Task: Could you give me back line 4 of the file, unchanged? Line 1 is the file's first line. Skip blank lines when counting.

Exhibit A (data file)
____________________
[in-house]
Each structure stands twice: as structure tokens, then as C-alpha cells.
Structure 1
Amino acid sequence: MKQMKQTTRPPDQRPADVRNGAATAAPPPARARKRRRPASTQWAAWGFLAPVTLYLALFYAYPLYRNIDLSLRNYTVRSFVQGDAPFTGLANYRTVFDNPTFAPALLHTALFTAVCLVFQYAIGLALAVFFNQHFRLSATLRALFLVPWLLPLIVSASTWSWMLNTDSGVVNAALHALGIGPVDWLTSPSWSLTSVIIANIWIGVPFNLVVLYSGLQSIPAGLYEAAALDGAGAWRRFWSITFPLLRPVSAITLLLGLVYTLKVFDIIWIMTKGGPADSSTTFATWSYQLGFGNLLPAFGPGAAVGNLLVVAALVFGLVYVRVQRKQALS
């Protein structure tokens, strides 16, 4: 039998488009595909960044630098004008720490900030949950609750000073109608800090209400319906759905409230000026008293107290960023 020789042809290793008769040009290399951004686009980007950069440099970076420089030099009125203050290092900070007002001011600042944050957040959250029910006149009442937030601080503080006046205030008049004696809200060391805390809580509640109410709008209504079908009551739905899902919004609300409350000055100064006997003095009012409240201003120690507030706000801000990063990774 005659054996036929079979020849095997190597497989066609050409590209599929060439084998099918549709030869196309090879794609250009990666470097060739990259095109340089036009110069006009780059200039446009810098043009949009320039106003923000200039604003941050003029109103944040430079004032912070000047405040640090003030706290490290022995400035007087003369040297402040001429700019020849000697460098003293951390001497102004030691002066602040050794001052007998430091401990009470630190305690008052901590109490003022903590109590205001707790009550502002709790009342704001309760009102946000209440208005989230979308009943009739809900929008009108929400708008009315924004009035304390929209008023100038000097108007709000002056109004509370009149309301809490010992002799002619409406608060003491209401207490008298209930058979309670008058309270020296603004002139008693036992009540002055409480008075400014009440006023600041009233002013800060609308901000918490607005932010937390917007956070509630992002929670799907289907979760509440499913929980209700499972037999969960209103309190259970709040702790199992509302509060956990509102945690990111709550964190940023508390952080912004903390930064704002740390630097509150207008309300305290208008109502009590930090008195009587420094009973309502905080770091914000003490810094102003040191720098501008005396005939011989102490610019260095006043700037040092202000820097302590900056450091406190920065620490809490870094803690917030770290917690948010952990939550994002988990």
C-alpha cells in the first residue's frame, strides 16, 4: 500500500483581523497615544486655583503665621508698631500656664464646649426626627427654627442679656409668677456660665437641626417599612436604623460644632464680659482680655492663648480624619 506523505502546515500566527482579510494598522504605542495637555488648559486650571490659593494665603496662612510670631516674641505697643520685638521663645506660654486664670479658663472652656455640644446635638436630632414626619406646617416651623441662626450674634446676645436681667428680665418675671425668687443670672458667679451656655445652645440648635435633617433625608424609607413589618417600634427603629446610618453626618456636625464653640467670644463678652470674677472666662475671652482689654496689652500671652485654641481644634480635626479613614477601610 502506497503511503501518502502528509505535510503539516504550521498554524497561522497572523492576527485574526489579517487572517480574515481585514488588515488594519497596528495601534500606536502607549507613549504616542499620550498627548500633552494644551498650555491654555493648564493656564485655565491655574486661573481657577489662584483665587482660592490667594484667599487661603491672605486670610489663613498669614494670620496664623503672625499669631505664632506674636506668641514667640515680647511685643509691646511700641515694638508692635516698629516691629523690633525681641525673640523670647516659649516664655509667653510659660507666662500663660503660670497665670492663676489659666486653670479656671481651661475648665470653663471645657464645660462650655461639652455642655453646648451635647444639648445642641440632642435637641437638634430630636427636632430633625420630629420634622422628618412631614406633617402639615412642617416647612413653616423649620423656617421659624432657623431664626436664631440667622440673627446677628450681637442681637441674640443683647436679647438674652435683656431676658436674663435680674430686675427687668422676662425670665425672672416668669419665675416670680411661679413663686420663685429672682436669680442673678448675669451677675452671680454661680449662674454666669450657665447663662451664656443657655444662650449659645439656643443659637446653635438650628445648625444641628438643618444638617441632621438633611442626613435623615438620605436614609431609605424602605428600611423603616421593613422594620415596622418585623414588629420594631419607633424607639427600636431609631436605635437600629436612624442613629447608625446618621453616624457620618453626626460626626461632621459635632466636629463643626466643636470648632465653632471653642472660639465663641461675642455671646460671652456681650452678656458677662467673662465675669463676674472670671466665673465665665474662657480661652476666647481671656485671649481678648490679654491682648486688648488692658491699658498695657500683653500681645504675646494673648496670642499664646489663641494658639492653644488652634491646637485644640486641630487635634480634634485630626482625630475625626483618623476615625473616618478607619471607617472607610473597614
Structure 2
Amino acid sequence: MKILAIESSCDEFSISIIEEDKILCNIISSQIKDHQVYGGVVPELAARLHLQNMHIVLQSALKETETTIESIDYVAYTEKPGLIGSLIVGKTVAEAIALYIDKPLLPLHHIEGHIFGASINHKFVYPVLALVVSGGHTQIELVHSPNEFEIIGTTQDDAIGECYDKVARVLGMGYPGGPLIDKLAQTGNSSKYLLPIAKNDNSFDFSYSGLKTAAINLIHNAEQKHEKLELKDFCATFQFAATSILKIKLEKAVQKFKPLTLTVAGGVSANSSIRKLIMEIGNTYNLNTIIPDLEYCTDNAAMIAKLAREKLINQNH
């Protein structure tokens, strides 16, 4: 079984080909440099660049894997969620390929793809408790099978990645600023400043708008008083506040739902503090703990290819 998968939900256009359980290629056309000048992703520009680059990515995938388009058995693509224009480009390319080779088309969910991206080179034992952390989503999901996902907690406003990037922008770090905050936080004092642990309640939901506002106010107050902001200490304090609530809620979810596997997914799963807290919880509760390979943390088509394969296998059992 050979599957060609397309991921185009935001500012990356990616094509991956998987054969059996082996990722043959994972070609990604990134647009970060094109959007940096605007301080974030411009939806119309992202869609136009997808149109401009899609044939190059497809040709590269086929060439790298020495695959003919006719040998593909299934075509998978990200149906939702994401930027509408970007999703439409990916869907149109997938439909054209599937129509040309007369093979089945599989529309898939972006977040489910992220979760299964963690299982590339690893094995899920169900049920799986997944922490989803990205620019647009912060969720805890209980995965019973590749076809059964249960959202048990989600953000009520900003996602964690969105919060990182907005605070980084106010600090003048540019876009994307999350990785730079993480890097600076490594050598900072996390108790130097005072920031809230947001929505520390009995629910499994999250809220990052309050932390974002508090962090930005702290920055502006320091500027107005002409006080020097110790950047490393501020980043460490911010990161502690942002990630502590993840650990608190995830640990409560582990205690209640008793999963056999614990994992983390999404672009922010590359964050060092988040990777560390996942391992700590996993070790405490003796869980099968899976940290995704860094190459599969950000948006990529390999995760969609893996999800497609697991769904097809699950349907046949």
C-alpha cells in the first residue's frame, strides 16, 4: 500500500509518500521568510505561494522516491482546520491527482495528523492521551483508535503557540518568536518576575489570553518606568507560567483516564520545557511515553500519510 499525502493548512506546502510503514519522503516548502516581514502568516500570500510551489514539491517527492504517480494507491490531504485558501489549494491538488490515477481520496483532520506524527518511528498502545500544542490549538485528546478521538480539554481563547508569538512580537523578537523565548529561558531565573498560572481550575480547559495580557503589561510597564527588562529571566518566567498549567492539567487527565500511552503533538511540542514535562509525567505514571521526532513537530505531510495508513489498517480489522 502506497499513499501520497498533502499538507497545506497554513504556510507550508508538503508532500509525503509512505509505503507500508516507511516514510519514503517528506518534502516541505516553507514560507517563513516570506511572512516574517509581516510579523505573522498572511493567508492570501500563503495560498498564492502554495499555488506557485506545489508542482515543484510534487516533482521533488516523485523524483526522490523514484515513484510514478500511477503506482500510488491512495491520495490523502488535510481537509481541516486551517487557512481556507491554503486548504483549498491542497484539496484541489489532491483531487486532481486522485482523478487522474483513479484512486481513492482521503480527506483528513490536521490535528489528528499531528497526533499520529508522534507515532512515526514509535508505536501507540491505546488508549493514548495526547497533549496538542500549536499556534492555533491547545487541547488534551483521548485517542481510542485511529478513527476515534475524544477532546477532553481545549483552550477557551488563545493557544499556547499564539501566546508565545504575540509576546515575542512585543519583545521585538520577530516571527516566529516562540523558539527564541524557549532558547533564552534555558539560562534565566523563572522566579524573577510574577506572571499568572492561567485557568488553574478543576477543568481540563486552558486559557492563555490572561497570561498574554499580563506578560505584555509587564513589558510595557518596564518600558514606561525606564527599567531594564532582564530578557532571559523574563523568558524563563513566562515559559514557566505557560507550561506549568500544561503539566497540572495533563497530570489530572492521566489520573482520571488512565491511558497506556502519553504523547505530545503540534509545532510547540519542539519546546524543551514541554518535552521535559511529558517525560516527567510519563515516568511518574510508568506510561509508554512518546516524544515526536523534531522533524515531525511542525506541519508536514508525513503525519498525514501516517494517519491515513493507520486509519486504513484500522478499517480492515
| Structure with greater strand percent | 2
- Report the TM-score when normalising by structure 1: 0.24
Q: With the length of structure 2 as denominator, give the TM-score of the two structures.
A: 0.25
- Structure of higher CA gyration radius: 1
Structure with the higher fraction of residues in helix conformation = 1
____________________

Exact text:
Amino acid sequence: MKQMKQTTRPPDQRPADVRNGAATAAPPPARARKRRRPASTQWAAWGFLAPVTLYLALFYAYPLYRNIDLSLRNYTVRSFVQGDAPFTGLANYRTVFDNPTFAPALLHTALFTAVCLVFQYAIGLALAVFFNQHFRLSATLRALFLVPWLLPLIVSASTWSWMLNTDSGVVNAALHALGIGPVDWLTSPSWSLTSVIIANIWIGVPFNLVVLYSGLQSIPAGLYEAAALDGAGAWRRFWSITFPLLRPVSAITLLLGLVYTLKVFDIIWIMTKGGPADSSTTFATWSYQLGFGNLLPAFGPGAAVGNLLVVAALVFGLVYVRVQRKQALS